Williams F1's Pat Symonds says big update packages 'old fashioned'

Williams technical director Pat Symonds believes the days of Formula 1 teams bringing a one-off big upgrade package to a grand prix are now gone

Williams F1's Pat Symonds says big update packages 'old fashioned'

Traditionally the first race of the European season in Spain and the first race after the summer break featured major upgrades on many cars.

But teams are increasingly focusing on bringing smaller updates more often, with the likes of Force India's B-spec car's debut in Britain and Williams's raft of updates in Austria exceptions to the rule.

"Austria was a bit of anomaly in a way," Symonds told AUTOSPORT.

"We don't work in a world of upgrade packages - that's old fashioned.

"It just so happened we had a number of components which happened to fit together in Austria.

"It was something as simple as having a new rear wing that wouldn't fit with the old floor, so the new floor had to come into the same time.

"It turned into a package, it was the way it worked out, but the general trend is to bring a little bit at each race and that is what we intend to do from herein."

A strong development rate was crucial to Williams's resurgent 2014 F1 season and it also made steady gains through this season, with positive correlation between the windtunnel and the track.

With nine races still to go, Symonds says Williams plans to continuing developing the current car, especially as the work can prove useful for next year's machine.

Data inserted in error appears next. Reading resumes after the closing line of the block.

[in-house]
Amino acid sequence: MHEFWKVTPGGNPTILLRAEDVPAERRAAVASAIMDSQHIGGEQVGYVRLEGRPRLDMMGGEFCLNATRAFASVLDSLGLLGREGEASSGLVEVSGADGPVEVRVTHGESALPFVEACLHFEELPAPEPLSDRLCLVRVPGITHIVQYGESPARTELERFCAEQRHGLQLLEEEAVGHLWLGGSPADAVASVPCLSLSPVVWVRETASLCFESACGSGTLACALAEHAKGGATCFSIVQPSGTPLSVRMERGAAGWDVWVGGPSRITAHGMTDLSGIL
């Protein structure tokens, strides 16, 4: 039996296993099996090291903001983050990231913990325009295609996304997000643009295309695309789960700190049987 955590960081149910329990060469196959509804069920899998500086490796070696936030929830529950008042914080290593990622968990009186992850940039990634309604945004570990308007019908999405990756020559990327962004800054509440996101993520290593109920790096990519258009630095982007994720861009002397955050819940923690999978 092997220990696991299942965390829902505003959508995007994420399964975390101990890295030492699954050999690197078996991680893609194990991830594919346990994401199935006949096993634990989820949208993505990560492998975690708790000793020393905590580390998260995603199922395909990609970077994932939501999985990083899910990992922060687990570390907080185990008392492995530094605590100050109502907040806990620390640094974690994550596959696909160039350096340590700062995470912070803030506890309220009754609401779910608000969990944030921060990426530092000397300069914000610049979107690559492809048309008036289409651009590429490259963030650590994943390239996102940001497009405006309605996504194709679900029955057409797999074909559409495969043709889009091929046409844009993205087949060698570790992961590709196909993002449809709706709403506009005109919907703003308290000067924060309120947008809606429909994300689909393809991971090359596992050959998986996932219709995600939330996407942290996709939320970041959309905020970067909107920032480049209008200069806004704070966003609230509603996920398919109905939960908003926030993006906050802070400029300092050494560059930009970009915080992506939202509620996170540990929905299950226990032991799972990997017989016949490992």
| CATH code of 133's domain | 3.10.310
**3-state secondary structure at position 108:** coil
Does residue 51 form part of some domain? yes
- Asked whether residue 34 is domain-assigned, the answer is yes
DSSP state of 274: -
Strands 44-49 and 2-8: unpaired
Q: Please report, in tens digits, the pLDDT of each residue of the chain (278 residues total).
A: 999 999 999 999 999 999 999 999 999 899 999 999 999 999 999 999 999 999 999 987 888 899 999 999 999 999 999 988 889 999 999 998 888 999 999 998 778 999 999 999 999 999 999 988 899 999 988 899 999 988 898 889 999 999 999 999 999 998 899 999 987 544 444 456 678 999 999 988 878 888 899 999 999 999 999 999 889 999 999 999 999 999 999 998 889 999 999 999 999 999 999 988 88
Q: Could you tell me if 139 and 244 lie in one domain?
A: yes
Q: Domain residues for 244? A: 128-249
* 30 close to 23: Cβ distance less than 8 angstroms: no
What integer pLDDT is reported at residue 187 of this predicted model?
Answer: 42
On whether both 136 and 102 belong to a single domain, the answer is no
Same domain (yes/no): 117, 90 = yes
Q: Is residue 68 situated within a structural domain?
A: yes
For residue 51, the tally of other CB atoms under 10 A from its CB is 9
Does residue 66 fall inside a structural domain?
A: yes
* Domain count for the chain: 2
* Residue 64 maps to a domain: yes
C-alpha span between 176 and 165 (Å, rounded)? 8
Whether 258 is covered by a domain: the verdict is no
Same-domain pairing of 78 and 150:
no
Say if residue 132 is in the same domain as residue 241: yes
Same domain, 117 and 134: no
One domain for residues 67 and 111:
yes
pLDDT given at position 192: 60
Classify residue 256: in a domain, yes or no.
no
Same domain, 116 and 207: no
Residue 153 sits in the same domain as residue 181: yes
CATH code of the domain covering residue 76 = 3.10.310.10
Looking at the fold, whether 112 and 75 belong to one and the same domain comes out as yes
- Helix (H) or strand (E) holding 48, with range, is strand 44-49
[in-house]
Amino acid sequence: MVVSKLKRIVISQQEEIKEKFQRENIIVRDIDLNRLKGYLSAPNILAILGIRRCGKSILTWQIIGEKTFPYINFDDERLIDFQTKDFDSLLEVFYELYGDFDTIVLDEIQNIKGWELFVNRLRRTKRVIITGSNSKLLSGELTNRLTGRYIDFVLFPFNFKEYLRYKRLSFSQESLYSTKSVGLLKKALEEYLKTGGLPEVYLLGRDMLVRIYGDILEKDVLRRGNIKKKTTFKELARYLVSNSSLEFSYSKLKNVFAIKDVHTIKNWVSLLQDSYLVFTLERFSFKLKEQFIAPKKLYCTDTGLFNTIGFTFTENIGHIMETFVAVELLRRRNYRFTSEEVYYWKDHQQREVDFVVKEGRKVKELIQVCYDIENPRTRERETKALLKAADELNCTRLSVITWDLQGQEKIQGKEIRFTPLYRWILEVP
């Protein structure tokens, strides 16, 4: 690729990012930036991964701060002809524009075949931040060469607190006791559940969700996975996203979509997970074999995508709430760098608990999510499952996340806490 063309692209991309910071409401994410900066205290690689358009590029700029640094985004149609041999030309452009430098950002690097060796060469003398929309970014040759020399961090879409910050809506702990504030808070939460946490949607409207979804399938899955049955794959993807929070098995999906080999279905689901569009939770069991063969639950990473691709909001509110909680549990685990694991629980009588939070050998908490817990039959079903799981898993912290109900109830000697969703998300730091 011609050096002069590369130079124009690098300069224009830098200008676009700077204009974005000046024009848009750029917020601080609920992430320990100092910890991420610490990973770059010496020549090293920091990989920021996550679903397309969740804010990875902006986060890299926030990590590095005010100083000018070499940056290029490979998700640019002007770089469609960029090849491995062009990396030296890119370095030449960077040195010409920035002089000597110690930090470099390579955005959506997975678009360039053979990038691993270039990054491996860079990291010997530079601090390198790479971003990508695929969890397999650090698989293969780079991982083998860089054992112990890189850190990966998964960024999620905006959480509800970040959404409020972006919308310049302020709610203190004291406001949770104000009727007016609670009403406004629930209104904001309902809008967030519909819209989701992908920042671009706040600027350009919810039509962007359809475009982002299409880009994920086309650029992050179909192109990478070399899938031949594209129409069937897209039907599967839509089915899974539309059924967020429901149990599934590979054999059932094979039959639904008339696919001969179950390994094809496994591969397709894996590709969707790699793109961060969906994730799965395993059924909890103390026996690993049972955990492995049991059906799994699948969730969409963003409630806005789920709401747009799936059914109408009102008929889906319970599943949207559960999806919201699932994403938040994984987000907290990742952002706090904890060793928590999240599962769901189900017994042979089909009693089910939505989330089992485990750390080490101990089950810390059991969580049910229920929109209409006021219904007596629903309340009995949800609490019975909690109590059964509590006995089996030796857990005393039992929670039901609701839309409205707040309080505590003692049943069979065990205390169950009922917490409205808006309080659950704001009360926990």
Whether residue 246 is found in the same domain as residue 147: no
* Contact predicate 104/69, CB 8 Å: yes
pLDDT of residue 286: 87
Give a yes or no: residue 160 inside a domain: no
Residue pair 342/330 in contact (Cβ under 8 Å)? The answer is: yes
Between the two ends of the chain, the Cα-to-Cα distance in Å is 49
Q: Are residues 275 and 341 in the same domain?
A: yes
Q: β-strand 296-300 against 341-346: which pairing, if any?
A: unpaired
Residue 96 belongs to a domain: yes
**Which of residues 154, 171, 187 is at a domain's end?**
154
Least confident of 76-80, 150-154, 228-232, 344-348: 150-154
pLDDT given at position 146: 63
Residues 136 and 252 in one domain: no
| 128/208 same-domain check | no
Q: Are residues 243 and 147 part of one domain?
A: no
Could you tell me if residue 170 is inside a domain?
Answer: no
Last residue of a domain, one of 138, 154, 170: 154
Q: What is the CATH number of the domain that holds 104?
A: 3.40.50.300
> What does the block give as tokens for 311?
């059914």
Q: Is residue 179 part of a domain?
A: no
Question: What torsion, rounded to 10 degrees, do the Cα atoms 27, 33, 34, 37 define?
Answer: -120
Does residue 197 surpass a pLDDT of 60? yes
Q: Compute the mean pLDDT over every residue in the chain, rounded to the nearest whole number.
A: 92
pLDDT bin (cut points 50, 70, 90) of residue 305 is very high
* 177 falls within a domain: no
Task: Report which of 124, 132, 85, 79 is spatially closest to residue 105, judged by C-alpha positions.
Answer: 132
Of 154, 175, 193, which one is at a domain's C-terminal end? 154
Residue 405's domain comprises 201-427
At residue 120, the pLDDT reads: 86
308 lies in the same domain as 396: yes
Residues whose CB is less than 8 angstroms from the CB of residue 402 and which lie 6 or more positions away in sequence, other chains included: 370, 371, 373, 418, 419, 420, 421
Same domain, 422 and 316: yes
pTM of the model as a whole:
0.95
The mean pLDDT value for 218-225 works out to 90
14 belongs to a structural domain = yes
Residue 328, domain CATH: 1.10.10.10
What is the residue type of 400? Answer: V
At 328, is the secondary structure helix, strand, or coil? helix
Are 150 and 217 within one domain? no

"We have plenty to come yet and have plenty already sitting in the pipeline which has been signed off and is just going through the final bits and pieces," said Symonds.

"There is still windtunnel time allocated and there is still work going on in vehicle dynamics.

"Because we don't have big upheaval between 2015 and 2016, there is a lot of evolutionary work we can do which will still be relevant. I expect us to keep pushing."

But he added that the main focus was now on next season's car.

"Our first 2016 design meeting was in January," he said. "That is point one.

"Point two is the day after the end of the season when you know everyone is working on next year's car and then there's a transition point somewhere in between.

"The point depends on a number of things, like your prospects and your position in the championship.

"It's a process we go through and it's adaptable but obviously now, there is more focus on the new car rather than the old car. We've passed that part of the transition."

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